“ In essence be like a sponge and take in the information; however, don’t allow other people’s definition of movement change your own unique dance—keep yourself,”
“I would say that the most important tip is to never abandon the dance knowledge that you come to college with and make a conscious effort to continue building upon the foundation you have already built,”
Readers…do you have any tips for dancers that are transitioning from the studio to college? Feel free to leave any advice in the comments section!
Intern Ashley David is a junior at the University of Maryland, College Park where she double majors in communication-public relations and dance. Her ultimate goal is to combine her public relations skills with her passion for dance and become a well-rounded arts manager.
In summer 2012, she had her first experience in the Washington D.C. arts management world as a PR/Marketing intern for the nonprofit organization, CityDance. She spearheaded many marketing, design and public relations projects in the administrative office and worked at the conservatory. In September 2012 she had the privilege of dancing with the amazing CityDance faculty in the first annual faculty show, FRESH VISIONS: under one umbrella.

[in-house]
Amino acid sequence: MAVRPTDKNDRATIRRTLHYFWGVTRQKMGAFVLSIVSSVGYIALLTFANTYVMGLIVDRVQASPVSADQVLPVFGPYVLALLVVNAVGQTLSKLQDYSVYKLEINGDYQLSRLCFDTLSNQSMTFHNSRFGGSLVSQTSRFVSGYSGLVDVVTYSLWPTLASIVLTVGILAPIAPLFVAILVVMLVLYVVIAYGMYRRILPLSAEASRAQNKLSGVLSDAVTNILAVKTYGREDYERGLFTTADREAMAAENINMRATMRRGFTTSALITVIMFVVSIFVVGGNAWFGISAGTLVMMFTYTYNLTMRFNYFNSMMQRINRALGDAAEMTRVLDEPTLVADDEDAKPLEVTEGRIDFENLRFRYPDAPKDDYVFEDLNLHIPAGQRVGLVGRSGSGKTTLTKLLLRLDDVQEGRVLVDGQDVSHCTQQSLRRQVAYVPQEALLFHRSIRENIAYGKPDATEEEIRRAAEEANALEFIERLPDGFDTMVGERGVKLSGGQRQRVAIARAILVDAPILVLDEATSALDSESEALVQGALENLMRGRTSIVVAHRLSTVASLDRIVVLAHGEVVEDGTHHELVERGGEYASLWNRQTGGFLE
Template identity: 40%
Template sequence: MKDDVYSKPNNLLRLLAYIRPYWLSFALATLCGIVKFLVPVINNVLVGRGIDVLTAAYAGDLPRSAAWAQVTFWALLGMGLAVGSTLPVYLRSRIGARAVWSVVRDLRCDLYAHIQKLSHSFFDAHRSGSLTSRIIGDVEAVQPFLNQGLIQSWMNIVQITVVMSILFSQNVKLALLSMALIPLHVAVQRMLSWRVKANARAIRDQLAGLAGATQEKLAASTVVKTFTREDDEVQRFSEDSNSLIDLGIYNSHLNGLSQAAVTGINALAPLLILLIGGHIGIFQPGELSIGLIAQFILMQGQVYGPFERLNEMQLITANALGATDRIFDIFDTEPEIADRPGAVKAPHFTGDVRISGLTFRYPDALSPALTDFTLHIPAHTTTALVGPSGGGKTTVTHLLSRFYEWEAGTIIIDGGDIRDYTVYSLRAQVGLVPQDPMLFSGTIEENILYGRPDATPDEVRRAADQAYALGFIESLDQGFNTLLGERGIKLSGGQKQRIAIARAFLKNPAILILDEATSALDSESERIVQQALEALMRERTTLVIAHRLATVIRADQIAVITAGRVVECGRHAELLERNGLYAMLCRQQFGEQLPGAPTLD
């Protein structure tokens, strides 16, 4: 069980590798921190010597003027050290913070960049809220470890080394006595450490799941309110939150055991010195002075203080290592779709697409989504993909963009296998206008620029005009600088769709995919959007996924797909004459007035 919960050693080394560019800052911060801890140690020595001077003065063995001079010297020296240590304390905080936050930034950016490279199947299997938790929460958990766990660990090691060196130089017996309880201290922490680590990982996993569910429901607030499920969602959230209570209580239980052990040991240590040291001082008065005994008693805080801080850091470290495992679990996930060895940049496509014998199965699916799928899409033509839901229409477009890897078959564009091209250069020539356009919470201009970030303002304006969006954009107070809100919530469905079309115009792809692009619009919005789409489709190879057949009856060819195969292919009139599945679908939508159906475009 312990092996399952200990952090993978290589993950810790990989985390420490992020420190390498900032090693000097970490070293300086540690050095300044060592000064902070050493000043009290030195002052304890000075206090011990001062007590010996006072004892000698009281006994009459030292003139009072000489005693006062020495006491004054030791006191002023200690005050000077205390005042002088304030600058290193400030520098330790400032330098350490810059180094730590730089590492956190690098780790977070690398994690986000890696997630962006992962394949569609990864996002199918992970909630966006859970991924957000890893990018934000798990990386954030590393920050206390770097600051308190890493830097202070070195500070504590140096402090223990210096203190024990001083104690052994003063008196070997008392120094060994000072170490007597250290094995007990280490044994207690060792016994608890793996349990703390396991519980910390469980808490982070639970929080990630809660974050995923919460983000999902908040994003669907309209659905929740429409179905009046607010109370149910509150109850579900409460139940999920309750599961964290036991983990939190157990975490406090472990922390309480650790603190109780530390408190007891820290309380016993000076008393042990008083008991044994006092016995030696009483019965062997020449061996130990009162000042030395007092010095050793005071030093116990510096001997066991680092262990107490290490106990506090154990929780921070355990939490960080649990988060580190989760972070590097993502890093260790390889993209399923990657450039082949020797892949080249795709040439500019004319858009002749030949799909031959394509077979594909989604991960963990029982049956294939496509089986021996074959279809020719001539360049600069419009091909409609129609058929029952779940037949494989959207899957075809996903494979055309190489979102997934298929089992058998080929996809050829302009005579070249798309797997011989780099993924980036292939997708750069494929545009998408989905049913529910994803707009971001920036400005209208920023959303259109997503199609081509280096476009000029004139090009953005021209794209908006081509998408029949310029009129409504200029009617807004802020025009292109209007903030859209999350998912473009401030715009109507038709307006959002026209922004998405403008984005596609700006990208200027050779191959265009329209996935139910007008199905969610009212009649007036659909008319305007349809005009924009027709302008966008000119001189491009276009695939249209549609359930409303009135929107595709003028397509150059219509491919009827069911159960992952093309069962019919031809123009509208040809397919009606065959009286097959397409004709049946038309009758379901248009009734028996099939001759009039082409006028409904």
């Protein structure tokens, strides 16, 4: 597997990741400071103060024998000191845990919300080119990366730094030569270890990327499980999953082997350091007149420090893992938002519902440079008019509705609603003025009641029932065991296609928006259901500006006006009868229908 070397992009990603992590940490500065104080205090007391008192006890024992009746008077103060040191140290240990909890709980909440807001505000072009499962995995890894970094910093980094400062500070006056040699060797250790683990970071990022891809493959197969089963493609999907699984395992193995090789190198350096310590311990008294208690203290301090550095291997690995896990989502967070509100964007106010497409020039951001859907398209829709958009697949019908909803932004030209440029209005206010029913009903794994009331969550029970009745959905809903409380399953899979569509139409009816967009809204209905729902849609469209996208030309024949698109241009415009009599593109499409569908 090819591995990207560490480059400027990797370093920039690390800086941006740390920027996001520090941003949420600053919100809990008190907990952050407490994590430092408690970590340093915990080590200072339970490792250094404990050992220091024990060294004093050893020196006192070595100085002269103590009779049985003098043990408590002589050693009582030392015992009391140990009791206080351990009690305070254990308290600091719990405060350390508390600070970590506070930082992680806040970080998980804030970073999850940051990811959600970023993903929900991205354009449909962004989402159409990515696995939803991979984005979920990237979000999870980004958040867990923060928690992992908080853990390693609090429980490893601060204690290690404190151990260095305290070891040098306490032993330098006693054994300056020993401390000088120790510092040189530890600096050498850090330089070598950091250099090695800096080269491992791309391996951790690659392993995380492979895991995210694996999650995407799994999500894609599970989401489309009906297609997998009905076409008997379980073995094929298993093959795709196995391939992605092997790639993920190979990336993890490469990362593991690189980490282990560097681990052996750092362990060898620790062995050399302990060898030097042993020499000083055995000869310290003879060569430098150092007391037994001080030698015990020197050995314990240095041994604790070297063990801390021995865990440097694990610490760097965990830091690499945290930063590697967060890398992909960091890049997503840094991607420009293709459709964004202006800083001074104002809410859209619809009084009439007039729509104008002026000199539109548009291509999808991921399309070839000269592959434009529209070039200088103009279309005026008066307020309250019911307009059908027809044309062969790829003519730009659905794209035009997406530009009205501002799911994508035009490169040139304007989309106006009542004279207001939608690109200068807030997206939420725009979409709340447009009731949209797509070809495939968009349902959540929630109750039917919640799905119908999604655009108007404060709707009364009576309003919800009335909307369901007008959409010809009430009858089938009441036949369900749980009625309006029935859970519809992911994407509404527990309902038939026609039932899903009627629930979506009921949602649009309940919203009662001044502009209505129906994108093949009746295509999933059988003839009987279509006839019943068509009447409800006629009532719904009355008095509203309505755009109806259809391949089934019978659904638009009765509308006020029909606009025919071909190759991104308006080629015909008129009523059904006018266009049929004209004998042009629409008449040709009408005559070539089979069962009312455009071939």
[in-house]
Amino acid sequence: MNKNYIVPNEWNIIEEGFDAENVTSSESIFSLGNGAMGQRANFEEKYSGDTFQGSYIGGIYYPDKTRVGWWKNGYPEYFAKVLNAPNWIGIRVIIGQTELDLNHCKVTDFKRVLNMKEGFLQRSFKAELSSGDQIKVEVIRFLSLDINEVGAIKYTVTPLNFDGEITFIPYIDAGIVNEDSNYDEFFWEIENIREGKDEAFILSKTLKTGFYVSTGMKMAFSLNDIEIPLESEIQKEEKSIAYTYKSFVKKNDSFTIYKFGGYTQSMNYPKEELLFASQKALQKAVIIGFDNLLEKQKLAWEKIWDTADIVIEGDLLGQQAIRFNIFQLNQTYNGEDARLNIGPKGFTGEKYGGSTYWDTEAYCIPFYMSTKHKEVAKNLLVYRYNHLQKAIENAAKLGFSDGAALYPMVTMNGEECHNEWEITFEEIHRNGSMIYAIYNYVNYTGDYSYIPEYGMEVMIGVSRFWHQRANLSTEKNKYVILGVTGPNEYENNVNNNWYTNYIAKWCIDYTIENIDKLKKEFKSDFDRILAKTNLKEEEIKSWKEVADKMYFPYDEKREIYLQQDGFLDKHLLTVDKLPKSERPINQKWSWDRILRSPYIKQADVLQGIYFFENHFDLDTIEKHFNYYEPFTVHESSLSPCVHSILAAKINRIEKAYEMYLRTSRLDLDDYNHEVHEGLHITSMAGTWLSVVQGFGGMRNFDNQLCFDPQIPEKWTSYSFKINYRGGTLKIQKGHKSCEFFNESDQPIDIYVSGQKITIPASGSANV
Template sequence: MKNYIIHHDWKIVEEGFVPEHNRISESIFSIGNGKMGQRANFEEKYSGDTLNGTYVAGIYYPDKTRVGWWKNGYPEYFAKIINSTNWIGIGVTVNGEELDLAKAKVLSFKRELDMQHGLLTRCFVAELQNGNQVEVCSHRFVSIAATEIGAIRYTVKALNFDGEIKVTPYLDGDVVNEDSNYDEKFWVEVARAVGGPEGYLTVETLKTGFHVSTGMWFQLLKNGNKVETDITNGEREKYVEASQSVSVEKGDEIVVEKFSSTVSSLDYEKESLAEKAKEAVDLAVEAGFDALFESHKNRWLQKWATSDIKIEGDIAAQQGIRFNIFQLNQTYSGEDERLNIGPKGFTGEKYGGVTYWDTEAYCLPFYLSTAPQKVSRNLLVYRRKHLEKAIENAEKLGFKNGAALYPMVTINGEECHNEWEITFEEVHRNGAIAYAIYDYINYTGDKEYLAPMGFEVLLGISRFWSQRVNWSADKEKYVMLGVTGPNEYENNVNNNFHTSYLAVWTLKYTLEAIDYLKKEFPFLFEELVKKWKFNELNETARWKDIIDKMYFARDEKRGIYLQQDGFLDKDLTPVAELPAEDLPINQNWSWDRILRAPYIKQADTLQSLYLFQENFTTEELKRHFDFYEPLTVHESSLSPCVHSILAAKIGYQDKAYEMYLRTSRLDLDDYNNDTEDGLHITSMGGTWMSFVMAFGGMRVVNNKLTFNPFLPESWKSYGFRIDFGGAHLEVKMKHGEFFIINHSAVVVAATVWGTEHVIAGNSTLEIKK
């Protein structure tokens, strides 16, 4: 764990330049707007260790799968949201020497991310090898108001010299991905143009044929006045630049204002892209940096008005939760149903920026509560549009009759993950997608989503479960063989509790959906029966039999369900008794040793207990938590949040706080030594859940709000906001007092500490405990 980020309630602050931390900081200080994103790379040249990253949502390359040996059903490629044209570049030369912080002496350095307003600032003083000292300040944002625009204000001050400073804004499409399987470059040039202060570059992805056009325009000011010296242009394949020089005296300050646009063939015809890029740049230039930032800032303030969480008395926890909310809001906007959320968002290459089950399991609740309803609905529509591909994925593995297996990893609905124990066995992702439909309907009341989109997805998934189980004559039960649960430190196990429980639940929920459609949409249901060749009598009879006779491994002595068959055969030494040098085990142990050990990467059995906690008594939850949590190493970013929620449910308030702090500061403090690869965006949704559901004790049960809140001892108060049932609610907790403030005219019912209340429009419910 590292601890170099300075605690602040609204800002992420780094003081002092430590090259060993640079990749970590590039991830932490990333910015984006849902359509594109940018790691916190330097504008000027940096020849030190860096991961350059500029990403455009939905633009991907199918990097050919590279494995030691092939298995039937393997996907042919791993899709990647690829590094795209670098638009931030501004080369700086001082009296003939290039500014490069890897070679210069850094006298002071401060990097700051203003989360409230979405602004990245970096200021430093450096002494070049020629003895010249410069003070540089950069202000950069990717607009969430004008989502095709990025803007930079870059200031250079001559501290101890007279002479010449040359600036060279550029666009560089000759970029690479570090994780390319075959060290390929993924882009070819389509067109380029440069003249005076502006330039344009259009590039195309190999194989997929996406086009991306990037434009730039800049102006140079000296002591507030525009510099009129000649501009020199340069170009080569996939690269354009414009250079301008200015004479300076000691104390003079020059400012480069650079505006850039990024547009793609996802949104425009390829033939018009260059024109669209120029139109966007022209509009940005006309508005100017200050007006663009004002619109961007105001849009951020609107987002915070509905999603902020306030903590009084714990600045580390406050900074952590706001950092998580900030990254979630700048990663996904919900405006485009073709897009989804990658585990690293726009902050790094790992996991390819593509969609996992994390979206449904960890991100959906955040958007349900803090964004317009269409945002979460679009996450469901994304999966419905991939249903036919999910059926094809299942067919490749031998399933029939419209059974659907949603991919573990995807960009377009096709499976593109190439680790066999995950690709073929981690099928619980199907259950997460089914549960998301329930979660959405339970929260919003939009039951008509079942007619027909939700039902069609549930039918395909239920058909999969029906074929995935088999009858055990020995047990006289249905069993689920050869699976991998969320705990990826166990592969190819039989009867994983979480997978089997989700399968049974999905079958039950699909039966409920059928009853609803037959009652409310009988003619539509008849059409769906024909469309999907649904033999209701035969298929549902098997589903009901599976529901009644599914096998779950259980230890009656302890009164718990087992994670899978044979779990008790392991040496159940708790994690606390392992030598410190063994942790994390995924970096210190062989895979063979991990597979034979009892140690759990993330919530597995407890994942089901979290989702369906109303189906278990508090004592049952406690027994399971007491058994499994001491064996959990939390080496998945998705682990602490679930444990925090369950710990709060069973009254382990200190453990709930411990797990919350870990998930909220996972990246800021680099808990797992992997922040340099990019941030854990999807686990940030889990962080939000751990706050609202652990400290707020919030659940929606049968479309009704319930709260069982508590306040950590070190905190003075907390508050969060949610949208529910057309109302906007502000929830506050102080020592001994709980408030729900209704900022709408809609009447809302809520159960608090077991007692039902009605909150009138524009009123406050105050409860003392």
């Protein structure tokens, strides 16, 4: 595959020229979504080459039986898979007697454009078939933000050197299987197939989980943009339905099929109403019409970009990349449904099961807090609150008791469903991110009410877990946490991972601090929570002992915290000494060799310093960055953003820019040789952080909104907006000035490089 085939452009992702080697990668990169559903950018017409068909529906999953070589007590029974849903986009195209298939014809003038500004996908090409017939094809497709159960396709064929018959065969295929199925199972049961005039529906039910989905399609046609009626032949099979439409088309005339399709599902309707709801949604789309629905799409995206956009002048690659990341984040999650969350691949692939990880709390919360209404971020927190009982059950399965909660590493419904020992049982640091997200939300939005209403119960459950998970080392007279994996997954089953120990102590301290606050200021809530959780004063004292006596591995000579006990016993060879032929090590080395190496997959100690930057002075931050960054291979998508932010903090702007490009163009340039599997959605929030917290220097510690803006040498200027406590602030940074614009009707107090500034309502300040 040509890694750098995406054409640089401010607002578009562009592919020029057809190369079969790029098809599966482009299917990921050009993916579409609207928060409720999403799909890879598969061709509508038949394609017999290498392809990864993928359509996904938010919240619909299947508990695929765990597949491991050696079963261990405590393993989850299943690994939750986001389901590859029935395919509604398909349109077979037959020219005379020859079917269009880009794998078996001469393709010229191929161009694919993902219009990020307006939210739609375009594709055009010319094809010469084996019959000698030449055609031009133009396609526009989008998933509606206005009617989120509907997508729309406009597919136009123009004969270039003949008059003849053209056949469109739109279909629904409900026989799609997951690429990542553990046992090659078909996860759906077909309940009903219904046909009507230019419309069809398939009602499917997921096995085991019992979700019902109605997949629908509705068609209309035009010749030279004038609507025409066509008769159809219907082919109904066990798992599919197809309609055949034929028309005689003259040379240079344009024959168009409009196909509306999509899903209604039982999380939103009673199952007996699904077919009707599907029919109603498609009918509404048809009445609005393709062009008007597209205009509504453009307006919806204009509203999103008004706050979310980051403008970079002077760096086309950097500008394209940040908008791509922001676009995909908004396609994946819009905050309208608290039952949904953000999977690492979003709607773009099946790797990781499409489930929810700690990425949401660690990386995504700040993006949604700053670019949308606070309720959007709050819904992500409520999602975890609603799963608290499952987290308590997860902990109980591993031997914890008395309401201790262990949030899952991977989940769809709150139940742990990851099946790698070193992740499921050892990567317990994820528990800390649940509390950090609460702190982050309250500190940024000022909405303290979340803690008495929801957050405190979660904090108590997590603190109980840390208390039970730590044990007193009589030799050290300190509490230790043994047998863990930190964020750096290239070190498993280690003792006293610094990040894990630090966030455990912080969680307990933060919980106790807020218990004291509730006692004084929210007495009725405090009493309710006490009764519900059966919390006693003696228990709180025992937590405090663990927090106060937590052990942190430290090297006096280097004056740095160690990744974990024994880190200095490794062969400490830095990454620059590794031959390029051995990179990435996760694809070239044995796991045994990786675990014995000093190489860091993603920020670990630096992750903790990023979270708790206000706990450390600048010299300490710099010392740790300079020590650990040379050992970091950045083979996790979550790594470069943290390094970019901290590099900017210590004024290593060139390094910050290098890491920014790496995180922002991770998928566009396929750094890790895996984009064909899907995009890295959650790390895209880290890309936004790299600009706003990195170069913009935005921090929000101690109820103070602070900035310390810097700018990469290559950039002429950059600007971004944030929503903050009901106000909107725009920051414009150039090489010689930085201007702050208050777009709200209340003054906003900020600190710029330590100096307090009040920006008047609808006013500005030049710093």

During the school year she is the Undergraduate Assistant to the Director of Marketing and Communications for the College of Arts and Humanities at the University of Maryland, College Park. She focuses on managing the website and marketing news and events through digital and social media.
In her spare time, she is the Secretary of UM UnBound Dance Team, Secretary of the UMD Chapter for the Public Relations Student Society of America, House Representative for the UMD Chapter of Delta Chi Xi-Honorary Dance Fraternity Inc., a Student Ambassador for UMD College of Arts and Humanities, a Tour Guide for Maryland Images and a Morale Captain for Terp Thon.
This summer Ashley is also interning at Jacob’s Pillow.